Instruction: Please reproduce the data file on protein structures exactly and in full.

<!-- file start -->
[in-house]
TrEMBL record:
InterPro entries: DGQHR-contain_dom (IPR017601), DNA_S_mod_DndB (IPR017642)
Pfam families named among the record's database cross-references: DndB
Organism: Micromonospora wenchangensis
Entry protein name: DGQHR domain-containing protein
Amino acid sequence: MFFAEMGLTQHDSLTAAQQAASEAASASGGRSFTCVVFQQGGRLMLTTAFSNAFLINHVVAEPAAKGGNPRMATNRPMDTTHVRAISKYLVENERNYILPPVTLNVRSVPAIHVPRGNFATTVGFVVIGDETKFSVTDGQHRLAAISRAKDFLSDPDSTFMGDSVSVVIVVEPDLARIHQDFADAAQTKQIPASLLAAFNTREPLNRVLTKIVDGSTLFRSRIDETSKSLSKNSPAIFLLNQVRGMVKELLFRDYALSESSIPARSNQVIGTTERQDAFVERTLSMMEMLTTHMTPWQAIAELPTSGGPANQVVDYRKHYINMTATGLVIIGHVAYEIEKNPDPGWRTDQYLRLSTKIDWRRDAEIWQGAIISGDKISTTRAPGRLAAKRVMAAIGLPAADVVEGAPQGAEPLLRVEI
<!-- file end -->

[in-house]
TrEMBL record:
InterPro entries: DGQHR-contain_dom (IPR017601), DNA_S_mod_DndB (IPR017642)
Pfam families named among the record's database cross-references: DndB
Organism: Micromonospora wenchangensis
Entry protein name: DGQHR domain-containing protein
Amino acid sequence: MFFAEMGLTQHDSLTAAQQAASEAASASGGRSFTCVVFQQGGRLMLTTAFSNAFLINHVVAEPAAKGGNPRMATNRPMDTTHVRAISKYLVENERNYILPPVTLNVRSVPAIHVPRGNFATTVGFVVIGDETKFSVTDGQHRLAAISRAKDFLSDPDSTFMGDSVSVVIVVEPDLARIHQDFADAAQTKQIPASLLAAFNTREPLNRVLTKIVDGSTLFRSRIDETSKSLSKNSPAIFLLNQVRGMVKELLFRDYALSESSIPARSNQVIGTTERQDAFVERTLSMMEMLTTHMTPWQAIAELPTSGGPANQVVDYRKHYINMTATGLVIIGHVAYEIEKNPDPGWRTDQYLRLSTKIDWRRDAEIWQGAIISGDKISTTRAPGRLAAKRVMAAIGLPAADVVEGAPQGAEPLLRVEI